Again Marin jingles the chain and again he sounds the earth with his staff. Still the bear holds back, his arms hang limply over the struggling man’s back.
One thing Marin can’t stand is disobedience in his bear. Whenever that happens, anger flames up in him like a firebrand and he cannot restrain himself from using his power — the chain and the staff. In a sudden rage he gives the chain an unmeasured pull and the metal ring digs into the gristle; but he is not appeased, and before he realizes what he is doing he rams the pole into the bear’s back.
From the depths of the animal the wildness comes in a thunder-like roar, in a savage blazing of the eyes and a stiffening of joints and muscles. The tree which Boyko has been trying to push down is beginning to fall upon him with all its crushing weight, and the man’s painful moans, though drowned by the bear’s roar, are heard by Marin and bring him to his senses. He knows now what he has done and he knows that pulling at the chain again or using the staff would drive the beast farther back into the wild rather than return him to his tameness. In a flash, like the wise bear-master he is, he unhooks the tambourine from his belt and, striking it with the flat of his hand, sings out his ditty about the bandits who rob the poor peasant folk. And just as suddenly as the bear takes flight into the wild because of the tear in his nose and the blow in his back, he is summoned back to tameness by the music of his master. The stiffness drops from the bear, his arms loosen, his strength withdraws, and the whole frightful bulk lilts away from Boyko before it has crushed a single bone.
Breathing a deep sigh of relief, Marin announces that the match is over and that it is a draw. And nobody questions the wisdom of Marin’s decision, not even Boyko, who is shaken but unhurt.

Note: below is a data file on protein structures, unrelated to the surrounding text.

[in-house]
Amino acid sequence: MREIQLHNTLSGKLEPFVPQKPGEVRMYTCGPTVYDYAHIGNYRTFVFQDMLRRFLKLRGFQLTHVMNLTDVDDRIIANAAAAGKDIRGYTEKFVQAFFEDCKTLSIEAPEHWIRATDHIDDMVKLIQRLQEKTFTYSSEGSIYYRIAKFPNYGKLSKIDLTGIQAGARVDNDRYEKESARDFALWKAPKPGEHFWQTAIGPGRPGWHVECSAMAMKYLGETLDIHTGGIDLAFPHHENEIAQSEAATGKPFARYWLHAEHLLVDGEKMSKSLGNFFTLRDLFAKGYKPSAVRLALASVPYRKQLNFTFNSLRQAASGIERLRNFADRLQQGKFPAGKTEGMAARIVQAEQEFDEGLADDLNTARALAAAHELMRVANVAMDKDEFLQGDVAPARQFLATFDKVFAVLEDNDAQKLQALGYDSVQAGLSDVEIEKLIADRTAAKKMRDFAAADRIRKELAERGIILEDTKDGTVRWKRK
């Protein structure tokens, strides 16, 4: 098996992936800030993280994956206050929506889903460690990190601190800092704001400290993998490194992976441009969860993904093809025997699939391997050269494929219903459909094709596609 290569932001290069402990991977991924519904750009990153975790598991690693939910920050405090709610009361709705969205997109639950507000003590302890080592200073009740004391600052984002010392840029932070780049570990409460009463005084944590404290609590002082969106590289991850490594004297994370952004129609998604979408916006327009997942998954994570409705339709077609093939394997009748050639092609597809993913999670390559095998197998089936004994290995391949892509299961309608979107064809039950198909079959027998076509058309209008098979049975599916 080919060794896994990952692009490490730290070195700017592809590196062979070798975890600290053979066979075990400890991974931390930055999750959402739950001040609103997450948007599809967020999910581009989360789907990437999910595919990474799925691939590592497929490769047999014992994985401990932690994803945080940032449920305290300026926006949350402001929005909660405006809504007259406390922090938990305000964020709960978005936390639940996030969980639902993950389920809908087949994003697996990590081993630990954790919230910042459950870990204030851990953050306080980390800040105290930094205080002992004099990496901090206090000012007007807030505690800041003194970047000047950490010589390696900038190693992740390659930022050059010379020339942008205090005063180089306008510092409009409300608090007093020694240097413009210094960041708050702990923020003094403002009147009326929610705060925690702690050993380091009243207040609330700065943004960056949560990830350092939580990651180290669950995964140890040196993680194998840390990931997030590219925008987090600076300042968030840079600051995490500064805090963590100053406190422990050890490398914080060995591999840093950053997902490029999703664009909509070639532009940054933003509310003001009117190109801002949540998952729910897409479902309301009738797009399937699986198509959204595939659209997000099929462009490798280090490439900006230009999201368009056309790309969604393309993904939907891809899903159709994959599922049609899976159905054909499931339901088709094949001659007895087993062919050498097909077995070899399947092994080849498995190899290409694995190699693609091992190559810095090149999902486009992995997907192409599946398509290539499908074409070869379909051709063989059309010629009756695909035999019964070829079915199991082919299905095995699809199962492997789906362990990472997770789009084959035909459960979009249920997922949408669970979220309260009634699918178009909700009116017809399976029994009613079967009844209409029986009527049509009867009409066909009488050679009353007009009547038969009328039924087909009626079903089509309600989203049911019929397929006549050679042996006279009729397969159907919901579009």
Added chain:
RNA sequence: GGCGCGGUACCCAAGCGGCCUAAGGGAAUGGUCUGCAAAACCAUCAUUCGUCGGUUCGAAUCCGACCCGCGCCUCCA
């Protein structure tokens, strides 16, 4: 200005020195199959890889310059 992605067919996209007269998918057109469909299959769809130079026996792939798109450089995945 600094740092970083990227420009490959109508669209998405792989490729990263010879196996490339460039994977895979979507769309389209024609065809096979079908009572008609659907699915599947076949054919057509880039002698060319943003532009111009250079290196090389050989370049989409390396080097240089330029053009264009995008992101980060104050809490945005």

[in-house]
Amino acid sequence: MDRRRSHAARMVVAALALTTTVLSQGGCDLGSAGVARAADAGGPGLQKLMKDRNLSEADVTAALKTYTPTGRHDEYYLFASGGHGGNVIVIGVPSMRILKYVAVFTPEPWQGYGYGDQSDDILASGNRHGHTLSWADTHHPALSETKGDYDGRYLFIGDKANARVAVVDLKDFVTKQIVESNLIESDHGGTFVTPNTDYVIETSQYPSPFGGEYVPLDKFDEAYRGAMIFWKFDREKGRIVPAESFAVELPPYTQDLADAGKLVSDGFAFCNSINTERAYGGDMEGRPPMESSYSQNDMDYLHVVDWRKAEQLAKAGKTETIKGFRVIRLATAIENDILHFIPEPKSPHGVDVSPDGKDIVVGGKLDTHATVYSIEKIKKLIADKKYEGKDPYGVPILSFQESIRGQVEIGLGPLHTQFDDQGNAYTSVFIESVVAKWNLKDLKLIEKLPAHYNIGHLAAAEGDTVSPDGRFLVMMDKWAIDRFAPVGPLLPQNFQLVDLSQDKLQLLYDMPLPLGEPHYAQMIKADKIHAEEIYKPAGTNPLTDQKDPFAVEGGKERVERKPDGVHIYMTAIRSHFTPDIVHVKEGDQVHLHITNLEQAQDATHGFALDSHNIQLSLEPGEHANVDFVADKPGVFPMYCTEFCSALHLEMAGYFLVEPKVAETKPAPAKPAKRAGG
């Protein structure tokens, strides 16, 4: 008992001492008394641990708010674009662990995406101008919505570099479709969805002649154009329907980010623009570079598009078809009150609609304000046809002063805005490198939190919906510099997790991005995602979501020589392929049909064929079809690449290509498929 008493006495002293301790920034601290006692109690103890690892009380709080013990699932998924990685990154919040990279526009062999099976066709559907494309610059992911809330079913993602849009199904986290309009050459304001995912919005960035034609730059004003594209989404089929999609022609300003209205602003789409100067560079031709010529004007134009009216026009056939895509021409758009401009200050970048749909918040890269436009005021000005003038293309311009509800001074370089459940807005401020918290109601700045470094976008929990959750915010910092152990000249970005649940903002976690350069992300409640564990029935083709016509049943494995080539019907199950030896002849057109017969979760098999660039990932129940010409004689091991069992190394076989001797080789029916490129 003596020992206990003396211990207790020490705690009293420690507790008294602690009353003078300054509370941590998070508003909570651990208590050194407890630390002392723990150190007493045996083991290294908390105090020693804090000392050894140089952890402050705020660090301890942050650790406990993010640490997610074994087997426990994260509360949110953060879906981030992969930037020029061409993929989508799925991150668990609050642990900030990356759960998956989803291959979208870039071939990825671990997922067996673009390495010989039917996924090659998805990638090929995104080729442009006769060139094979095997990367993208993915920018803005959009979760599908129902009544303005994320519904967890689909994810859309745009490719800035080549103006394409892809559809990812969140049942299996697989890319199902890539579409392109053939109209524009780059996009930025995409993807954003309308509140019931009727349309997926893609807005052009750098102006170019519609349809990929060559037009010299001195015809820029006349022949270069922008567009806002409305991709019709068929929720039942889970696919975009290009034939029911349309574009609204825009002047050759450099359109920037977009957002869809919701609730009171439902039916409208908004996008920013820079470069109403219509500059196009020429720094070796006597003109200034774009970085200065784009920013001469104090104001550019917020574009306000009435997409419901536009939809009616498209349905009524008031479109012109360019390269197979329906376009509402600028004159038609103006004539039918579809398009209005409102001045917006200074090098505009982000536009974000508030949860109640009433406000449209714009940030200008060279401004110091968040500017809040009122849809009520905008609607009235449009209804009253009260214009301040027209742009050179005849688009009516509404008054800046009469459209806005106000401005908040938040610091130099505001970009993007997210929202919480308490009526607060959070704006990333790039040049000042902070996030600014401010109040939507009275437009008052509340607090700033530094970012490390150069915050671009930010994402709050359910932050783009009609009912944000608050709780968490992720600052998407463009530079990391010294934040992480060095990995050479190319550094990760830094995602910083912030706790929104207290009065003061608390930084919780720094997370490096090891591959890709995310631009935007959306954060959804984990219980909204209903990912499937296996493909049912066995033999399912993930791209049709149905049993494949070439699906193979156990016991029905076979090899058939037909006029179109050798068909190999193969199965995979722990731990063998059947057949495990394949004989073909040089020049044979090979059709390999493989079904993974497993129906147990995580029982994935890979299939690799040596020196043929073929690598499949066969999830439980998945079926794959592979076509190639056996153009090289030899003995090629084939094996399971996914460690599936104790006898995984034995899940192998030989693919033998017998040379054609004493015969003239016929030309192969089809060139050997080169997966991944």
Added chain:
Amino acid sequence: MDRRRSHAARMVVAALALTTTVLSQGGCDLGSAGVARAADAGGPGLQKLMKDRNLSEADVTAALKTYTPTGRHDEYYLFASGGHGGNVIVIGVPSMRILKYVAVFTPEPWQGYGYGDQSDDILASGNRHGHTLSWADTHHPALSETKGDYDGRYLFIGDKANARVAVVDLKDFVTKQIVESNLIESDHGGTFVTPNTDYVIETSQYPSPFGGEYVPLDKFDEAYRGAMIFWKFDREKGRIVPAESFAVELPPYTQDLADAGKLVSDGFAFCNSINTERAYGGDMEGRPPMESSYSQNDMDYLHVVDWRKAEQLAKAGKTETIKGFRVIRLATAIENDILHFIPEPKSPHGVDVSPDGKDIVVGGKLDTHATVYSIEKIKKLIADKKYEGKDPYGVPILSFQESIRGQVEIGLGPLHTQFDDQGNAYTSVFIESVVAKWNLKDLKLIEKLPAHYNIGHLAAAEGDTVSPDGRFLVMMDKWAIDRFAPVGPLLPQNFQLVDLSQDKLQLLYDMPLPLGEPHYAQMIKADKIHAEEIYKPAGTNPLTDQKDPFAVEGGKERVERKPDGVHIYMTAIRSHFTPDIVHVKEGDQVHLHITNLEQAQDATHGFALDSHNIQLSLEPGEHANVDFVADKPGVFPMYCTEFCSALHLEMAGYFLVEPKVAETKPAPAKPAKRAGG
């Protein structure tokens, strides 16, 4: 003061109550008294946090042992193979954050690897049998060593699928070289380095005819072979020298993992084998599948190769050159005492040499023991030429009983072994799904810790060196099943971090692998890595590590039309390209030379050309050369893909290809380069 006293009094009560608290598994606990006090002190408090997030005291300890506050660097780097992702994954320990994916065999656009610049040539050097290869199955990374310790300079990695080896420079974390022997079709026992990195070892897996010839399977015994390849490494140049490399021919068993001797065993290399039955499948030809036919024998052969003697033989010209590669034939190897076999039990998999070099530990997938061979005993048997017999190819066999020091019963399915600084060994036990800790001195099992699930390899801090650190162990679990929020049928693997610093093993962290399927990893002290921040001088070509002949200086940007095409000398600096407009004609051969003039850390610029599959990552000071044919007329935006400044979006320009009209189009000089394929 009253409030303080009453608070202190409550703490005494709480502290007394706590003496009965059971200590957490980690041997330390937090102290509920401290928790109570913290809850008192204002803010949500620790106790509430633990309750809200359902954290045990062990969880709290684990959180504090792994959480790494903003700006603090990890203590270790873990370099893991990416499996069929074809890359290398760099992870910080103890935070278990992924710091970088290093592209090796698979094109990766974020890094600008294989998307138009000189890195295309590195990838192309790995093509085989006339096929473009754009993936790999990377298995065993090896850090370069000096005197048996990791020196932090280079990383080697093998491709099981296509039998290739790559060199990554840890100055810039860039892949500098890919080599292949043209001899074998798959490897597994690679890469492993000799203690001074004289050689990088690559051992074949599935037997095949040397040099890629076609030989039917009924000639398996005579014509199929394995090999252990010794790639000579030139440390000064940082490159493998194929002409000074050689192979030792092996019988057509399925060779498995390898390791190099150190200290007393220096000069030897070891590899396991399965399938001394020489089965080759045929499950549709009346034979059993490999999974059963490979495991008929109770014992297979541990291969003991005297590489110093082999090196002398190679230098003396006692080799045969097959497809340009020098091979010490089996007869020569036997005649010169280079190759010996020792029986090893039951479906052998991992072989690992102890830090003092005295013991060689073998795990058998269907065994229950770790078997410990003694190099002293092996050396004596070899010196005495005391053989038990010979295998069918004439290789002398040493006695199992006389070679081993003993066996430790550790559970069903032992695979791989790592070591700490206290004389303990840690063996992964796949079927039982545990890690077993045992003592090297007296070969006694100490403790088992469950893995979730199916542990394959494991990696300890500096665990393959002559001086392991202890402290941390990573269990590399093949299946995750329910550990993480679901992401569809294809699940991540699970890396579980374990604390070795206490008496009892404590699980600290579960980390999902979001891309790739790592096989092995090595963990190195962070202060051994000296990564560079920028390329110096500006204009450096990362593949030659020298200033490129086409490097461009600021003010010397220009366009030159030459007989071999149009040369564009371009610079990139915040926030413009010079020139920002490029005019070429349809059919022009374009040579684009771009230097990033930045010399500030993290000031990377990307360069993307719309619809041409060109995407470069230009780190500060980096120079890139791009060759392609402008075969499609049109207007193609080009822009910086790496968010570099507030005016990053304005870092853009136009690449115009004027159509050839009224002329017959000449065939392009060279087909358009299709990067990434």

But the match is not over— not between Marin and Boyko, nor between Matin and Ivan. That night, as is his wont whenever his bear takes temporary flight into the wild, Marin purges the beast of his tendencies towards disobedience and rebelliousness. When the moon comes up and sheds pale light upon the threshing lot at the outskirts of the village where Marin and Ivan camp, the bear-master takes up the long dogwood staff. As the little figure, holding up the big pole, casts a grotesque silhouette upon the moonlit camp site, Ivan, a black mass chained to the stout threshing post, sits up and sends forth a low, imploring cry. The bony mare, too, tethered near-by, scrapes the earth with her hoofs and makes a rattling noise with her lips.
The sinister figure in the moonlight takes a stand beyond reach of the chains but within striking distance of the pole. The man’s short legs are spread apart and his feet are hard-pressed upon the ground; both hands hold the pole firmly to prevent its slipping away or being seized by the bear. Presently the uplifted pole’s elongated shadow bounds weirdly across the floor and for a brief moment is foreshortened as the far end of the pole itself lands on Ivan’s shoulder. A deep, bottomless, terrifying bellow issues from the beast. He rears up now, beats the air with his forepaws and stomps the earth, but the little master is not stayed. He raises the pole again and again and brings it down upon the bear with all the strength of his tough little body.
The wakened villagers feel sorry for poor Ivan. Even a bear’s painful cries can evoke compassion in the human heart. Some dogs, too, perhaps in fright, perhaps in sympathy, howl in the night. And the moon-robed mountain, itself a gigantic crouching animal looming above the rooftops, must hear the bear cries.
Once again the pole poises in mid-air, but this time it does not strike, for now Boyko’s huge shadow falls athwart the moonlit lot. His manly arms reach up from behind and his powerful hands seize the pole and send it hurtling to the edge of the lot. And then under the blinking eye of the moon and to the accompaniment of clinking chains, a strange little drama takes place, to be revealed by the dawn to the village folk, who are astounded to see chained to the threshing post not Ivan the bear but Marin the bear-master, and no bear in sight.
Human nature being what it is, the same folk who pitied poor Ivan the night before, now at dawn feel sorry for Marin the bear-man. Only a few folk, and they dull-witted and callow, conjecture that Ivan, big that he is, could break the chains with one mighty desperate pull of his Ural strength and escape into the mountain. But why did he not kill his master first? And how did Ivan manage to put his own chains around his master’s throat ? Howbeit, these few puzzled folk soon read something in the faces of those wiser than themselves, and then the truth dawns on them, and they, too, nod their heads knowingly.